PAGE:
Engaging the public was necessary as the project clashed with stakeholders that benefitted from the channelization of the river in various sectors, such as housing, farming, and poplar plantations. Challenging antecedent beliefs that support the channelization and reduction of natural floodplains was done through public funded environmental education, encouraging active participation of the public and raising awareness of riverine ecosystems. This also garnered the support of use public funding and the necessary expropriation. A volunteering program was also introduced, with 800 participants that had a significant impact on the attitudes toward the project locally, and nationally through coverage in media and dissemination of the project as a reference case, used by students and professionals alike. A video was also made in Spanish and English, detailing the steps and motivations of the project for companies and partnerships.
Flood control: Once the project had been carried out (the works were completed in September 2012), the first results could be observed during the high waters that occurred in February and April of 2013 and 2014, where water flows higher than those in the last 15 years (not taking into account the attenuation due to the newly available floodplain areas) have remarkably showed that there have not been economic damages and the local community (as opposed to what happens in other areas of the basin) not only has requested new actions, but also has assumed the consequences of high water flows as an expected event, with a perception of feeling safer.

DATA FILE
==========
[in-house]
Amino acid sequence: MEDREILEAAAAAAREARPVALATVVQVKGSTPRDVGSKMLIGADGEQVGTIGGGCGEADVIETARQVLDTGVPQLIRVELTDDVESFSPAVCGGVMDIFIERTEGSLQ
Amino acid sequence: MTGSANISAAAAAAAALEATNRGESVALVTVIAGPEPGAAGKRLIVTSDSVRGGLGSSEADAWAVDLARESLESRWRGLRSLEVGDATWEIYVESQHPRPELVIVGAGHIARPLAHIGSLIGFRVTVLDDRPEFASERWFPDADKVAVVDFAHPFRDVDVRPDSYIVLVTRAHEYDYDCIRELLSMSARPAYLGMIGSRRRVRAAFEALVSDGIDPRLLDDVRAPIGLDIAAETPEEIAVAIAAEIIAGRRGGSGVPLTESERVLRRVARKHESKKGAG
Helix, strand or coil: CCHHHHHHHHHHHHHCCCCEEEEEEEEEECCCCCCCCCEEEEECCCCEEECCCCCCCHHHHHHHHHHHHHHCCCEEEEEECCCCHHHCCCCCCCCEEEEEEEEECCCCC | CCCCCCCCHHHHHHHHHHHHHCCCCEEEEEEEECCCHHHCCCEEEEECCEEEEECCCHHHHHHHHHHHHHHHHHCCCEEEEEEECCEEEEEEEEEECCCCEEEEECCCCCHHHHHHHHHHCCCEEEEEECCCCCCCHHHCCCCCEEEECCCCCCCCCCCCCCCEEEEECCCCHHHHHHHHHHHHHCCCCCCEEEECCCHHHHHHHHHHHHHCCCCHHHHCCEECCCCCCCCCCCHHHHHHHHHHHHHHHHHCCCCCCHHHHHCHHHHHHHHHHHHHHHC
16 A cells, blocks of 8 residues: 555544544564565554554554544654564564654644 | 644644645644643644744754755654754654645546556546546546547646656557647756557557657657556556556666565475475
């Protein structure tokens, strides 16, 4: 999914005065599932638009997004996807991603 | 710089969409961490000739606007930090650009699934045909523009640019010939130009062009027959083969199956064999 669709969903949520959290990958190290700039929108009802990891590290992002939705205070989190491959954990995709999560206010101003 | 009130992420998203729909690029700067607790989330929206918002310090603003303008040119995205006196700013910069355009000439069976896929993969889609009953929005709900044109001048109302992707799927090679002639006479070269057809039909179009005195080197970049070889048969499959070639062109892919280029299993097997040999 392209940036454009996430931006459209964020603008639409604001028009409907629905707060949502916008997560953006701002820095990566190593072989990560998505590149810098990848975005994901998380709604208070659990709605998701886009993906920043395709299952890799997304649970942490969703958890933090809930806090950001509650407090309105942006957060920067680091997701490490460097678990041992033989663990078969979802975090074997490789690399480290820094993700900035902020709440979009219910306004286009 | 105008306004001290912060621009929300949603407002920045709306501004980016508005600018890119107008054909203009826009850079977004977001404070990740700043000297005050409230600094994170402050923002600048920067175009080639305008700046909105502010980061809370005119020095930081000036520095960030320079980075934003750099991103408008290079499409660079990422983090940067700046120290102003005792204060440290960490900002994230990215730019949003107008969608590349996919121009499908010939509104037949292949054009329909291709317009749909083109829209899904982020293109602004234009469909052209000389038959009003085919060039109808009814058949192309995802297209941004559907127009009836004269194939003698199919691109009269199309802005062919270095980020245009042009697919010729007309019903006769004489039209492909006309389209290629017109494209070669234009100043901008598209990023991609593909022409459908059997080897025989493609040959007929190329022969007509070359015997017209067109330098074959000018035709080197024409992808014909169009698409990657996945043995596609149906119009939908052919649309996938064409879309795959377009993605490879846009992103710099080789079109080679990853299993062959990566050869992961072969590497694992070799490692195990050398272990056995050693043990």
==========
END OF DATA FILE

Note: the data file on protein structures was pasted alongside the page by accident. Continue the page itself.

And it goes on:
Ecosystem improvement: By recovering the stream space and therefore the capacity to attenuate floods of the floodplain, we achieve, as a consequence, a greater infiltration rate and rate of recharge of the alluvial aquifer and achieve higher habitat diversity, by recovering areas adjacent such as secondary channels, side bars, outflow deltas, oxbow wetlands, etc., which contribute to improving the biodiversity associated to stream ecosystems as well as to related ecosystems.
Cost-savings: In economic terms, the application of approaches within a framework of green infrastructure is particularly relevant; it means also a new direction since it gives the works the capacity to self-regulate, reducing drastically the need for maintenance, serving as well as a constant example of proper functioning facing highly stable inertias.
Social benefits: Finally we may note that the project has lead the towns located on the sides of the Órbigo River in the project area to regain their traditional relationship, through the integration of the river in the urban setting, as opposed to the previous situation where the river was isolated by longitudinal dikes. This has also an economic dimension, through the improvement of the landscape and the strengthening of tourism opportunities.
The restoration of the Orbigo river was an exemplary practice of integrated water resource management and land use policies, covering concepts such as “room for the river”, green infrastructure, ecological restoration, intra-sectoral planning, and a comprehensive and engaging public consultation.
The impact on the media and dissemination of the project was widespread and detailed, allowing the project to be revisited by river basin authorities wishing to reclaim the ecological integrity of respective rivers.
The volunteering program and public participation also helped engage the public, which allowed effective pedagogy of the environmental education necessary to go through with such a large scale effort.